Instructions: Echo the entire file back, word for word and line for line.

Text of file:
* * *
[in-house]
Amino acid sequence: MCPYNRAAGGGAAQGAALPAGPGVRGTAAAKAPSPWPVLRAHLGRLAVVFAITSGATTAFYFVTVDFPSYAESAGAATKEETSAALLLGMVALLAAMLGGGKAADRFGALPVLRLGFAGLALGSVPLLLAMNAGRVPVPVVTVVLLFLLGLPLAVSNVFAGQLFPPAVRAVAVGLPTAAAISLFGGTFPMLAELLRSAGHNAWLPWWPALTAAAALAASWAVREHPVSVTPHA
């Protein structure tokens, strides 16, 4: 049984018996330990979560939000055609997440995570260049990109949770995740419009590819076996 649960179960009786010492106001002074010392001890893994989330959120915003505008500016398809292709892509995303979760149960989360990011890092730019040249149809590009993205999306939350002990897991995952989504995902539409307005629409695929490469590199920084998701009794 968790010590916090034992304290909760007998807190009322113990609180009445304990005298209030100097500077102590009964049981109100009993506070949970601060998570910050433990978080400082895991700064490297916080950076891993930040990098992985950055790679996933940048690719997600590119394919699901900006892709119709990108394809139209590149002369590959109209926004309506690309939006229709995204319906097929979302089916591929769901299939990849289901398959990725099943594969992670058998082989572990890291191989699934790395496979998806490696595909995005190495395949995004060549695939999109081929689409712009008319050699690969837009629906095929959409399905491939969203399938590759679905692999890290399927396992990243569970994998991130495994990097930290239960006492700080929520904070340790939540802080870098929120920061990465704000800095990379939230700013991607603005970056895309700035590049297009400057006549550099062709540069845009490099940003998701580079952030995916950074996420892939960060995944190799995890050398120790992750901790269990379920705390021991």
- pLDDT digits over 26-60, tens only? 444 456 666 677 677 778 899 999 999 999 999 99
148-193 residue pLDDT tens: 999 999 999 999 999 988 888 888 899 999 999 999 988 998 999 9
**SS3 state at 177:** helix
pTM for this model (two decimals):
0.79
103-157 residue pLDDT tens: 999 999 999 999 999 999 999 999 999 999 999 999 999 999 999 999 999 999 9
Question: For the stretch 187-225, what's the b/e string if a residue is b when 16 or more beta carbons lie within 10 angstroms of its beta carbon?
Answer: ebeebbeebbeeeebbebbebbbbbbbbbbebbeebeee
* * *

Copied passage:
[in-house]
Amino acid sequence: MCPYNRAAGGGAAQGAALPAGPGVRGTAAAKAPSPWPVLRAHLGRLAVVFAITSGATTAFYFVTVDFPSYAESAGAATKEETSAALLLGMVALLAAMLGGGKAADRFGALPVLRLGFAGLALGSVPLLLAMNAGRVPVPVVTVVLLFLLGLPLAVSNVFAGQLFPPAVRAVAVGLPTAAAISLFGGTFPMLAELLRSAGHNAWLPWWPALTAAAALAASWAVREHPVSVTPHA
């Protein structure tokens, strides 16, 4: 049984018996330990979560939000055609997440995570260049990109949770995740419009590819076996 649960179960009786010492106001002074010392001890893994989330959120915003505008500016398809292709892509995303979760149960989360990011890092730019040249149809590009993205999306939350002990897991995952989504995902539409307005629409695929490469590199920084998701009794 968790010590916090034992304290909760007998807190009322113990609180009445304990005298209030100097500077102590009964049981109100009993506070949970601060998570910050433990978080400082895991700064490297916080950076891993930040990098992985950055790679996933940048690719997600590119394919699901900006892709119709990108394809139209590149002369590959109209926004309506690309939006229709995204319906097929979302089916591929769901299939990849289901398959990725099943594969992670058998082989572990890291191989699934790395496979998806490696595909995005190495395949995004060549695939999109081929689409712009008319050699690969837009629906095929959409399905491939969203399938590759679905692999890290399927396992990243569970994998991130495994990097930290239960006492700080929520904070340790939540802080870098929120920061990465704000800095990379939230700013991607603005970056895309700035590049297009400057006549550099062709540069845009490099940003998701580079952030995916950074996420892939960060995944190799995890050398120790992750901790269990379920705390021991």
- pLDDT digits over 26-60, tens only? 444 456 666 677 677 778 899 999 999 999 999 99
148-193 residue pLDDT tens: 999 999 999 999 999 988 888 888 899 999 999 999 988 998 999 9
**SS3 state at 177:** helix
pTM for this model (two decimals):
0.79
103-157 residue pLDDT tens: 999 999 999 999 999 999 999 999 999 999 999 999 999 999 999 999 999 999 9
Question: For the stretch 187-225, what's the b/e string if a residue is b when 16 or more beta carbons lie within 10 angstroms of its beta carbon?
Answer: ebeebbeebbeeeebbebbebbbbbbbbbbebbeebeee